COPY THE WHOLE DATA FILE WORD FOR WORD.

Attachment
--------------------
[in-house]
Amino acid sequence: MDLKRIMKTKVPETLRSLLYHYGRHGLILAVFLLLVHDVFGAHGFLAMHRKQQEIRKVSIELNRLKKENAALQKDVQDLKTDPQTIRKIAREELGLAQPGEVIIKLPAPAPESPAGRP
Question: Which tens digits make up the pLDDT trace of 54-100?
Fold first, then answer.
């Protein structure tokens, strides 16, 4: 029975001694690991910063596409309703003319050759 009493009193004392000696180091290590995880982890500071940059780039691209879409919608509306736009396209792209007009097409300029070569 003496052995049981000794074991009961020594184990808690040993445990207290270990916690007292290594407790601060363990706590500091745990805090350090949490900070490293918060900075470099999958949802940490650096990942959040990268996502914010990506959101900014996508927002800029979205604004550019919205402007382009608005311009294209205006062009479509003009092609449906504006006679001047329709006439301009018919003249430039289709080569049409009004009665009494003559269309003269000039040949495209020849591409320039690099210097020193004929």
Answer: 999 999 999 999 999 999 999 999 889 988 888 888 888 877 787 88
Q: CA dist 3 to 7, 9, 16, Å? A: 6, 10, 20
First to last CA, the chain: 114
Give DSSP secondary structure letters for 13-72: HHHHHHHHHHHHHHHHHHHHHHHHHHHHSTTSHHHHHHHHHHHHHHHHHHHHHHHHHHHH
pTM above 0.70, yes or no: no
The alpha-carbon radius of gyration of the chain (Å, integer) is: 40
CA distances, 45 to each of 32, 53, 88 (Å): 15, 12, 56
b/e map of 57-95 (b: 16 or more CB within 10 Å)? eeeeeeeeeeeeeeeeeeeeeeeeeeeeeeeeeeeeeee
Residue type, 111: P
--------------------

[in-house]
Amino acid sequence: MDLKRIMKTKVPETLRSLLYHYGRHGLILAVFLLLVHDVFGAHGFLAMHRKQQEIRKVSIELNRLKKENAALQKDVQDLKTDPQTIRKIAREELGLAQPGEVIIKLPAPAPESPAGRP
Question: Which tens digits make up the pLDDT trace of 54-100?
Fold first, then answer.
């Protein structure tokens, strides 16, 4: 029975001694690991910063596409309703003319050759 009493009193004392000696180091290590995880982890500071940059780039691209879409919608509306736009396209792209007009097409300029070569 003496052995049981000794074991009961020594184990808690040993445990207290270990916690007292290594407790601060363990706590500091745990805090350090949490900070490293918060900075470099999958949802940490650096990942959040990268996502914010990506959101900014996508927002800029979205604004550019919205402007382009608005311009294209205006062009479509003009092609449906504006006679001047329709006439301009018919003249430039289709080569049409009004009665009494003559269309003269000039040949495209020849591409320039690099210097020193004929």
Answer: 999 999 999 999 999 999 999 999 889 988 888 888 888 877 787 88
Q: CA dist 3 to 7, 9, 16, Å? A: 6, 10, 20
First to last CA, the chain: 114
Give DSSP secondary structure letters for 13-72: HHHHHHHHHHHHHHHHHHHHHHHHHHHHSTTSHHHHHHHHHHHHHHHHHHHHHHHHHHHH
pTM above 0.70, yes or no: no
The alpha-carbon radius of gyration of the chain (Å, integer) is: 40
CA distances, 45 to each of 32, 53, 88 (Å): 15, 12, 56
b/e map of 57-95 (b: 16 or more CB within 10 Å)? eeeeeeeeeeeeeeeeeeeeeeeeeeeeeeeeeeeeeee
Residue type, 111: P